- Aug 17, 2014
EURECOM assistant professor Daniele Antonioli has demonstrated a series of novel attacks targeting Bluetooth sessions’ forward and future secrecy.
By compromising a session key, an attacker can impersonate devices and set up man-in-the-middle (MitM) attacks, effectively breaking the future and forward secrecy guarantees of Bluetooth’s pairing and session establishment security mechanisms.
Called BLUFFS (Bluetooth Forward and Future Secrecy), the attacks exploit two novel vulnerabilities in Bluetooth, impacting the unilateral and repeatable session key derivation. Tested on 17 different Bluetooth chips, the attacks have a large-scale impact on the ecosystem, the academic researcher says.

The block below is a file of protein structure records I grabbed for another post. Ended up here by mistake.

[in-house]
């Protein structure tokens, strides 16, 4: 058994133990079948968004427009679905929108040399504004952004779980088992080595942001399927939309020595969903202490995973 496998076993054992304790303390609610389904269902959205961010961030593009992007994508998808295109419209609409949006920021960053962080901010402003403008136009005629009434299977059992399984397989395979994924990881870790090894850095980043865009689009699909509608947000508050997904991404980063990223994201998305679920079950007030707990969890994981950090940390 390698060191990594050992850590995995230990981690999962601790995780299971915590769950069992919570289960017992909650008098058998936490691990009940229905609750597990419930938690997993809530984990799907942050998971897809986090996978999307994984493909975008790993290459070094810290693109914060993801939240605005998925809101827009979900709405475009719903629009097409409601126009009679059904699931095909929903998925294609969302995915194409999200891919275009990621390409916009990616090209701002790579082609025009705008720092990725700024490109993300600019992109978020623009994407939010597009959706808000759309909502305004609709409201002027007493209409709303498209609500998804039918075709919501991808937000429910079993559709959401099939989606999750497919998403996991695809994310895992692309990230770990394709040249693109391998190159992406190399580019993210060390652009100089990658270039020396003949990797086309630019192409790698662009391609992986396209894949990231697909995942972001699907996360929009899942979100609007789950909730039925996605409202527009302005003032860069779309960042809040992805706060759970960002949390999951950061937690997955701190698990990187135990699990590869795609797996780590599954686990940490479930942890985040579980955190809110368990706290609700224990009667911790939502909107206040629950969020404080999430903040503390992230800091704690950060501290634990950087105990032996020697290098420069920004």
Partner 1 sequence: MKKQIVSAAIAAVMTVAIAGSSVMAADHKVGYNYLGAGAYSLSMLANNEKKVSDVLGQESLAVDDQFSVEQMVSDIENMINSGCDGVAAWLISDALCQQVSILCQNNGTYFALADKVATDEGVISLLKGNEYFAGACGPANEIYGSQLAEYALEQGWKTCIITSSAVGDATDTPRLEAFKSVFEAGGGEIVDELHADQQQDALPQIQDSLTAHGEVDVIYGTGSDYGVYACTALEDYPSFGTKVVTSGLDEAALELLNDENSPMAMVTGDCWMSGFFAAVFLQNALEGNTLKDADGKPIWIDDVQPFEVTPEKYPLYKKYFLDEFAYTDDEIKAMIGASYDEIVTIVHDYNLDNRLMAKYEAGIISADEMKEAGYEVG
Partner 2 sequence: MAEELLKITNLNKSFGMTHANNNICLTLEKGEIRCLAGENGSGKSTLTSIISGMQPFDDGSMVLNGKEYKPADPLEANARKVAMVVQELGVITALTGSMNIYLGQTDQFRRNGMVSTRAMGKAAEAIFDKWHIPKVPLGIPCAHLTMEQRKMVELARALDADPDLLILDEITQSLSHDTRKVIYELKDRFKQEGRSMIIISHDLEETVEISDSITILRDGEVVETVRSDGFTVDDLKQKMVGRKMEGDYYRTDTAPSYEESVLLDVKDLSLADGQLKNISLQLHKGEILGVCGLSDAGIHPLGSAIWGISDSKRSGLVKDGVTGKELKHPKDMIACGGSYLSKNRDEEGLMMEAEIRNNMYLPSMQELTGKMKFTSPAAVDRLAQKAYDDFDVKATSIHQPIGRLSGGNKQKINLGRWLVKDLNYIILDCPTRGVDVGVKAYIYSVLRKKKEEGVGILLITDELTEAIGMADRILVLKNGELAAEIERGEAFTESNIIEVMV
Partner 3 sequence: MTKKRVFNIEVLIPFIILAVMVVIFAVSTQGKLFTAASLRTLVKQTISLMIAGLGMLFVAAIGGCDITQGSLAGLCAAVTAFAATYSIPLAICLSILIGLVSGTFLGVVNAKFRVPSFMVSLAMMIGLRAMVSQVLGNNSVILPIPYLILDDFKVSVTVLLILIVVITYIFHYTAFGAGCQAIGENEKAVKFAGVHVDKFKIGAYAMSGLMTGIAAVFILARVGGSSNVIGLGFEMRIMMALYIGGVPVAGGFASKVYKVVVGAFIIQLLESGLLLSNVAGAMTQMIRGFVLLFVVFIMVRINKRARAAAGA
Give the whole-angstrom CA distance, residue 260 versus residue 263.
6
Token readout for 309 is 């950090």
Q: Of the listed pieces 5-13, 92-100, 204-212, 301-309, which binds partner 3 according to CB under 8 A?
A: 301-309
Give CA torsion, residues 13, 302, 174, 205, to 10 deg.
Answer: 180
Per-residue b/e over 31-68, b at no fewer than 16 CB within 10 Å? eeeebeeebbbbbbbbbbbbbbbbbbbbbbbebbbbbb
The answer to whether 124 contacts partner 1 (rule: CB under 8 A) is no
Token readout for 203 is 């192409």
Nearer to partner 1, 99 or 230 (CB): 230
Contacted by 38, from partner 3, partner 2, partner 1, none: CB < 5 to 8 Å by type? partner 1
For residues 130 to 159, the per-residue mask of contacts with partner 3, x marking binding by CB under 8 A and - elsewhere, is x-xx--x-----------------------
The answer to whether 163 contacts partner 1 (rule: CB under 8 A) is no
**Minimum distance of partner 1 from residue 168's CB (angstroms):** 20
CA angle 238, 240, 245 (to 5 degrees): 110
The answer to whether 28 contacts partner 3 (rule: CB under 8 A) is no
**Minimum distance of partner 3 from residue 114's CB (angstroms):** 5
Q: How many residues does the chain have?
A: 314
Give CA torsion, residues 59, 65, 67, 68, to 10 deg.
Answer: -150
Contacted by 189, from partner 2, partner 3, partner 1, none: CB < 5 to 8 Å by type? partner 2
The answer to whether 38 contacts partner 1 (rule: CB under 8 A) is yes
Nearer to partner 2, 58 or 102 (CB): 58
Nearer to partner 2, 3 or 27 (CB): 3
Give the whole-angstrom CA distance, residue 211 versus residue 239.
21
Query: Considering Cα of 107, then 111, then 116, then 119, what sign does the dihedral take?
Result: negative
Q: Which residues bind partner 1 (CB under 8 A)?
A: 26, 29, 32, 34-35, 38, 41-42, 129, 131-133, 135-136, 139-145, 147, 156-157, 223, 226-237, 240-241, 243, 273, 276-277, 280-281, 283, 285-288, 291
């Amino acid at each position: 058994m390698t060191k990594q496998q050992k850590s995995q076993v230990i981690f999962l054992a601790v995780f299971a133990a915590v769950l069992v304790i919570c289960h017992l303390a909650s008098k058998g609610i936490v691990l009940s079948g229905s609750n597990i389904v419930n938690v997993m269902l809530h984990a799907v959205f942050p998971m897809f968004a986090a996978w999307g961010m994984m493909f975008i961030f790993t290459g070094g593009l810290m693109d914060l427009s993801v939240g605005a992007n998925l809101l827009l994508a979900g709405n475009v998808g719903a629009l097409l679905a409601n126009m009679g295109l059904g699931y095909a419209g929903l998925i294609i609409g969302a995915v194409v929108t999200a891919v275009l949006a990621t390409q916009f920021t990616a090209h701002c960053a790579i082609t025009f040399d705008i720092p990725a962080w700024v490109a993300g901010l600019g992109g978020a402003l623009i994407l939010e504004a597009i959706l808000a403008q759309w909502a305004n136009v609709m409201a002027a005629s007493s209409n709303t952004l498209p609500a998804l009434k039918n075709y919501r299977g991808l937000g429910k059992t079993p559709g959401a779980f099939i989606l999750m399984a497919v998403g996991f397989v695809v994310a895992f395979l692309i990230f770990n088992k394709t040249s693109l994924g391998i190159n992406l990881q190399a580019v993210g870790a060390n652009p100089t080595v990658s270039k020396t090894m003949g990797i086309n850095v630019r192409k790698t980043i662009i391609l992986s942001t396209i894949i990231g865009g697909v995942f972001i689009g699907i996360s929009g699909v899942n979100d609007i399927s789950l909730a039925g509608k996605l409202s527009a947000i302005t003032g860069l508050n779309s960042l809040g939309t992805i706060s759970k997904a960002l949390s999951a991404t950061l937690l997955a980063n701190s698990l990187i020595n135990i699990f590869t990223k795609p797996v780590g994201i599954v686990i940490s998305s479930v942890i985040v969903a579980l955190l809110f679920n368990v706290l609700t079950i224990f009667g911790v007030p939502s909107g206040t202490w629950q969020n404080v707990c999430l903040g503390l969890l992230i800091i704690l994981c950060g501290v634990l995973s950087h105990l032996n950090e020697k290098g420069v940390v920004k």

“As the attacks affect Bluetooth at the architectural level, they are effective regardless of the victim’s hardware and software details,” Antonioli notes in his research paper.
The BLUFFS attacks enable a hacker to brute-force the session encryption key in real time, which can allow them to conduct live injection attacks on traffic between the targeted devices, according to the Bluetooth Special Interest Group (SIG), which assigned CVE-2023-24023 to the issue.